A single-beam Doppler lidar is flexible and low in cost. Using the single-beam lidar in the spinner, the lidar can rotate with the rotor at an almost-steady rotational speed when the turbine operates at above-rated wind speeds and scans a good portion of the inflow to the rotor disc. Also, the spinner-based lidar can have a view of the inflow without periodic blockage by the running blades, which improves the lidar data availability.

Based on a coherence model of the lidar-rotor REWS using the 4D Mann turbulence model, this work optimizes the scanning configurations (i.e. measurement range and the half-cone opening angle) of the spinner-mounted single-beam lidar in a CW and pulsed system, respectively, at a single wind speed of 18 m s^{−1} for the bottom-fixed IEA 15 MW wind turbine. The optimum configurations of the two types of lidars are different due to the spatial averaging effect of their probe volumes, but they both result in a scan radius of approximately 0.6 of the turbine radius. The optimum configurations of both types of lidars give an MCB of around 0.014 m^{−1}, which corresponds to the smallest detectable eddy size of 1.87 D. Large lidar measurement ranges are needed to ensure the turbine controllers have enough time to react to the wind disturbance over the full wind speed range, which reduces the MCB slightly.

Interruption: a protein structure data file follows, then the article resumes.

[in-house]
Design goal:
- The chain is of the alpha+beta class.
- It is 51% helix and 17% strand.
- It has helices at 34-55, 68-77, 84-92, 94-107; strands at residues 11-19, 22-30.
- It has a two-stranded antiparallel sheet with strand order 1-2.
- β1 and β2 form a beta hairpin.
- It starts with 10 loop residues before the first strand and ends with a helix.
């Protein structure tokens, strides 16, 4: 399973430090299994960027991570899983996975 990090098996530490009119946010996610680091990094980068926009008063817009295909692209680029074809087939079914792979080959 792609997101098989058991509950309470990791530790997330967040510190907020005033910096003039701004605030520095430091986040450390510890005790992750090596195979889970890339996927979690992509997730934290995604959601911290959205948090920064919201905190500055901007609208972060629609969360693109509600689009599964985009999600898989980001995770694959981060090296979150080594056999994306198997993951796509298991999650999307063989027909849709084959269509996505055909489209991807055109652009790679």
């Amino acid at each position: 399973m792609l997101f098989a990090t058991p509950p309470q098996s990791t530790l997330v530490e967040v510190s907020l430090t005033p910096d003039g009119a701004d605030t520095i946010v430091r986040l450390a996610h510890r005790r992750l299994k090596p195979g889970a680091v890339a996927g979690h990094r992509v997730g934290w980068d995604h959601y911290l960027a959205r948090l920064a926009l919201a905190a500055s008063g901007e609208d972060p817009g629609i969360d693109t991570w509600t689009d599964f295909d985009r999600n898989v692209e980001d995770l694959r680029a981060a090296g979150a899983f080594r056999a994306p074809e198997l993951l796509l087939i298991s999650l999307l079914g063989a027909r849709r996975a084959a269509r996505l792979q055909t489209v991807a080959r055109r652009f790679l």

Using time-domain simulations and 4D Mann turbulence wind fields in the neutral condition, the benefits of regulating rotor speed variation and reducing fatigue loads on the tower and blades using the feedforward controller and the spinner-based single-beam lidar are evaluated for the reference turbine at a single wind speed of 18 m s^{−1}. Results are compared against a single-beam and four-beam nacelle-based lidar. The control benefits using the optimized spinner-based configurations of both CW and pulsed lidars are much greater than the single-beam nacelle lidar, and they are on a similar level to the four-beam nacelle lidar.